A market trader banned from selling Knights Templar crusader mugs over fears they could offend Muslims has been invited to crunch talks with council officials, who look set to offer a reprieve.
Tina Gayle received an official rebuke and a ban over the coloured printed cups which Charnworth Council in Leicestershire said “breached trading rules”.
Vintage book seller Gayle said she had been told the council “had a complaint that the mugs might be offensive to Muslims”.
A letter stated she was in breach of trading terms and conditions and had to leave her pitch of three years at Loughborough Vintage Market.
The mugs, also stamped with the Christian chivalric order’s Latin motto which translates as: “Not to us Lord, not to us, but to your name give the glory”, brought a single complaint.
But now the council appears to have re-considered its approach, summoning Gayle for a meeting with market bosses next week.
The council said it had “got this one wrong”, and apologised for the way it handled the matter.
In a statement, it added it was the fact the mugs were not vintage which had been at issue, but this fact had been communicated “poorly” to Ms Gayle.
Gayle, 57, from Didcot, Oxfordshire, who also travels the country selling Second World War vintage books, said she was “appreciative” for the council’s change of approach.
“I’ve been summoned to a meeting with the markets manager on Thursday. They haven’t apologised to me directly, but have called me to that meeting,” she said.
“I’m very optimistic.
“But I realise it’s a very big thing for the council to issue a public apology and I’m appreciative.
“Should I be offered my pitch back, I’ll obviously be very happy.”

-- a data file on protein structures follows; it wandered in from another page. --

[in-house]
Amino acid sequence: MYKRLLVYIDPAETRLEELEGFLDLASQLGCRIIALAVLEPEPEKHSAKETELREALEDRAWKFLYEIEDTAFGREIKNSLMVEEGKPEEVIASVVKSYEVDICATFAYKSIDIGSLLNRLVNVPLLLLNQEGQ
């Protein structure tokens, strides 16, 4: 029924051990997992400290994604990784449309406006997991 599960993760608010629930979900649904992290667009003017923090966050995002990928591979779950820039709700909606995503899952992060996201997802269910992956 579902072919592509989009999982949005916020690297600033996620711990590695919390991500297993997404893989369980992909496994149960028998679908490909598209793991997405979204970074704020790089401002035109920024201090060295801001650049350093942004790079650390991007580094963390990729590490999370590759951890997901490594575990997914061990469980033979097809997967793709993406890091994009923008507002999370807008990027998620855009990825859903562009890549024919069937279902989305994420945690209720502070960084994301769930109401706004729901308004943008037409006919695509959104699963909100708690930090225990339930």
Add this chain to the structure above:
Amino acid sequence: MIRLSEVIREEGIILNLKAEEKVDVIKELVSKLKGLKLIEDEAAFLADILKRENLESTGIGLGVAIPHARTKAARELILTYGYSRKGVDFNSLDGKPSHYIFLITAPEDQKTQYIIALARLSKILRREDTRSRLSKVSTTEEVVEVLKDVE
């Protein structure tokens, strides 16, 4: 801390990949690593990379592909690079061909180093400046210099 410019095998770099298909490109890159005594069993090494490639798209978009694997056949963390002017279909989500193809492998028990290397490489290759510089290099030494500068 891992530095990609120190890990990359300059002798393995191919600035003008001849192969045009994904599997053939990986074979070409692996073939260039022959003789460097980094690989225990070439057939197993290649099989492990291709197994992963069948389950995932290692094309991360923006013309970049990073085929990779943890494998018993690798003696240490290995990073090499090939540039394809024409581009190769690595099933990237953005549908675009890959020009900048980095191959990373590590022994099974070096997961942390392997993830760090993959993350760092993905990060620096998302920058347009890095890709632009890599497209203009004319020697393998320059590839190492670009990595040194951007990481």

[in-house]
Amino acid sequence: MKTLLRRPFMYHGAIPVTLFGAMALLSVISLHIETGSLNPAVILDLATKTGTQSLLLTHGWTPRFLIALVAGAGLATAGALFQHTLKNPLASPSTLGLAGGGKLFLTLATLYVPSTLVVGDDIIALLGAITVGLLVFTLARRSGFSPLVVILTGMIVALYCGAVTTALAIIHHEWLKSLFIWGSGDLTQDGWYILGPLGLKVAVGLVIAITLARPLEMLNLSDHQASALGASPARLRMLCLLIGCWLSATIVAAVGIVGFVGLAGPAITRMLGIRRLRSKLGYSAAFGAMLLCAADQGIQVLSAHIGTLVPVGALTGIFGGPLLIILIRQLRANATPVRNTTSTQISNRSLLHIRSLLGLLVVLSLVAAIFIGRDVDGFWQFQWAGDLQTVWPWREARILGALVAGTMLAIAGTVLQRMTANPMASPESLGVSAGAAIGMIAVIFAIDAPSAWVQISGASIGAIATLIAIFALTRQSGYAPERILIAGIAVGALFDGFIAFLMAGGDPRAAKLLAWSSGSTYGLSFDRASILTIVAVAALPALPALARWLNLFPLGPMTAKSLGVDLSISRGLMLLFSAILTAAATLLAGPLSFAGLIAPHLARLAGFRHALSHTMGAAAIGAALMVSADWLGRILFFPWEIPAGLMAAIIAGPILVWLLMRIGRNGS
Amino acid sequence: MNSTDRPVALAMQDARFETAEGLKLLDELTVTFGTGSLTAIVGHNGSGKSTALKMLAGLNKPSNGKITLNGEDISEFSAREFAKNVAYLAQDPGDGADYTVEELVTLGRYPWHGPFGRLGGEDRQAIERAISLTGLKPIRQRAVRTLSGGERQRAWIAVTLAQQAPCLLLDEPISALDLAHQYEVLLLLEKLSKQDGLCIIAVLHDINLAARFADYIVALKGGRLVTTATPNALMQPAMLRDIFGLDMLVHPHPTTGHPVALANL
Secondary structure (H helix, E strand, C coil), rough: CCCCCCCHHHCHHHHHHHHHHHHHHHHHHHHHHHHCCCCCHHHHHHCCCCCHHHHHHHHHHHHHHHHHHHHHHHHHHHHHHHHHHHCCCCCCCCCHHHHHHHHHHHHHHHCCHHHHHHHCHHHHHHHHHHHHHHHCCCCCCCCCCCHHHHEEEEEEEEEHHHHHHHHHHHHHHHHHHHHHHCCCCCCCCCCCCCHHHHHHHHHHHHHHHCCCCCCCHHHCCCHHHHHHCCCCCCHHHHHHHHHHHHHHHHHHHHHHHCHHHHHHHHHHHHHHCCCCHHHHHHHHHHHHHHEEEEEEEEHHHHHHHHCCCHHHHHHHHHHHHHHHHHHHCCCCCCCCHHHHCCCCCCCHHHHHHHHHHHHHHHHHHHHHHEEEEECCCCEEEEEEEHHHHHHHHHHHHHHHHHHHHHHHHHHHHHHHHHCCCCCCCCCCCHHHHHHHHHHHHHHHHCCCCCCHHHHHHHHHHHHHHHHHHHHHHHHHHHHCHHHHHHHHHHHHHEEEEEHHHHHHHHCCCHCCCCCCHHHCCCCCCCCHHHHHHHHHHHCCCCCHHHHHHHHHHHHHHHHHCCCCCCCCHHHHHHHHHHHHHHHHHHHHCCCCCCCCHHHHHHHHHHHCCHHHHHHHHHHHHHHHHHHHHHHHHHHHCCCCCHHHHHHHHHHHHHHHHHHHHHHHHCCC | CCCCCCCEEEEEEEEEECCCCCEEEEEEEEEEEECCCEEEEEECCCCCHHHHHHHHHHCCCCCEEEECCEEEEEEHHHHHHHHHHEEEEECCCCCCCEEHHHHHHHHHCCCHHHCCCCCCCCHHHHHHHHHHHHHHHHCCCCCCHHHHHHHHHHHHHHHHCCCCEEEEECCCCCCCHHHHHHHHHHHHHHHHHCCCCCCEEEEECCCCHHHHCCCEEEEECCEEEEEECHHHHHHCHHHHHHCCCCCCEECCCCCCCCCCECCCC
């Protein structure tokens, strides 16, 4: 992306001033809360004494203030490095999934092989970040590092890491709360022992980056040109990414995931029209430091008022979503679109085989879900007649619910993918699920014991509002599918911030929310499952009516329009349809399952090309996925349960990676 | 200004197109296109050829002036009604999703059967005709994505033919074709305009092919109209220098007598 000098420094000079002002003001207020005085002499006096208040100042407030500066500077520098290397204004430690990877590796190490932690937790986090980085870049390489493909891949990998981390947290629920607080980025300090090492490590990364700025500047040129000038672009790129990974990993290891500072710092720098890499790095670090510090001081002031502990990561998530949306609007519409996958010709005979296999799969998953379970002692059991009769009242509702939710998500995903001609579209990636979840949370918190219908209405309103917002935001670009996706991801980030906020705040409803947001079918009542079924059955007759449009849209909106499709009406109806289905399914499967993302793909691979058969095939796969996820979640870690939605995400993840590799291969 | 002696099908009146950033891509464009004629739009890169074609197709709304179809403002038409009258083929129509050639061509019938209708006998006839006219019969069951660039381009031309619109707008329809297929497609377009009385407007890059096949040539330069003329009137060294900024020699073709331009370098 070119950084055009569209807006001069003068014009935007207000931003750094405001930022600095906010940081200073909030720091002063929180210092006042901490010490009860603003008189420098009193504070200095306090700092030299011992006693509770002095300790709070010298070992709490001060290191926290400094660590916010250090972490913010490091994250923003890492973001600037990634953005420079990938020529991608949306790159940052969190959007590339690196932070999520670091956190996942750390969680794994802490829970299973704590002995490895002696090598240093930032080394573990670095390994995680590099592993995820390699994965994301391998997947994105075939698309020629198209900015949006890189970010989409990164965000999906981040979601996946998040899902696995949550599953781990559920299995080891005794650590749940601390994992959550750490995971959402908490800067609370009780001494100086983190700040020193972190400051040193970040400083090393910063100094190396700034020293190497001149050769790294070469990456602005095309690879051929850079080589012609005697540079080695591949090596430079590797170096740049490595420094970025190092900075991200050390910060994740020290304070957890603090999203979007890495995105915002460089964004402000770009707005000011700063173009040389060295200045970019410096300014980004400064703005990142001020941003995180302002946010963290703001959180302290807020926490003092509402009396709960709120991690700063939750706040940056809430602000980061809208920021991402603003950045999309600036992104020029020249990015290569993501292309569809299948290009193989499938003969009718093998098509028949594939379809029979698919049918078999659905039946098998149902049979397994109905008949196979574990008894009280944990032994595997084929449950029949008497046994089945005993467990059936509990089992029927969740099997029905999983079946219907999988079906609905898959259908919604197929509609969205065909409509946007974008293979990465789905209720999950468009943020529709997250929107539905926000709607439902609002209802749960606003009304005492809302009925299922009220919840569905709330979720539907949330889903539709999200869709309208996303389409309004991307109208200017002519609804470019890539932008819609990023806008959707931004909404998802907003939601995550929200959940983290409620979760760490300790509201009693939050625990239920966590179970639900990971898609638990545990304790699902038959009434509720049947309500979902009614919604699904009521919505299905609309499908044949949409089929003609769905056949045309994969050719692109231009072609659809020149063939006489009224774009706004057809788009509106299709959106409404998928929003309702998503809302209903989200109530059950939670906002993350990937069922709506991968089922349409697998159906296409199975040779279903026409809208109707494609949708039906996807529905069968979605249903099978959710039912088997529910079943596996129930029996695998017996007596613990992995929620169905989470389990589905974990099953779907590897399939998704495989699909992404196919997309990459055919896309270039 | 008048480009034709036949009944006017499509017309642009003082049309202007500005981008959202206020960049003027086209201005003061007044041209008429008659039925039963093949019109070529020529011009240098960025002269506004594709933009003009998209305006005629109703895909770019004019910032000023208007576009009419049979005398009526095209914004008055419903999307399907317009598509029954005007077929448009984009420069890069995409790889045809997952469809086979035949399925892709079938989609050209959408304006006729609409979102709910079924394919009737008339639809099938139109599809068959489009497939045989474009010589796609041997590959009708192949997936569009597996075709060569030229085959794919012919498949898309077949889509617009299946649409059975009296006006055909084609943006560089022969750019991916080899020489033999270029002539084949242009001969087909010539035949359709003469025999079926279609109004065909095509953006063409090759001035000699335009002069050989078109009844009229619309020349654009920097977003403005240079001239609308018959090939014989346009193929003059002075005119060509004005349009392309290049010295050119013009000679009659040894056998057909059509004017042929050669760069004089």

Her ban had come in the form of a letter handed to her on October 6, after a previous run-in over the sale of some mugs bearing Second World War-era Nazi symbols.
Gayle said she had been told the council “had a complaint that the mugs might be offensive to Muslims”.
She added: “The person who complained wasn’t offended himself, but thought Muslims might be.
“I’ve never had a Muslim come into my stall and say they were offended by the mugs.”
However, Gayle said she has “no bad feelings” towards the council, and understood it had been put in a “dilemma”.
The council had previously formally told Gayle to stop selling mugs bearing what it described as “Nazi symbols” in August or new items which may cause offence, following a separate complaint.
Market authorities then received the complaint about the Templar mugs, and when Gayle refused to remove them from sale, she was banned.
In a statement reported by the Press Association, the council said: “Firstly, we would like to apologise. We are open and honest enough to say we got this one wrong.
“We did receive a complaint because someone was offended by the mugs, but we do not find the mugs offensive.
“Our main issue was that it is a vintage market and these items were new when we only want vintage or used items on sale.
“We communicated that poorly to the trader and we will be reviewing how this happened to learn lessons for the future. We will also be speaking to the trader involved.
“We apologise for any upset caused and we acted in what we thought was the best interests of Loughborough’s markets.”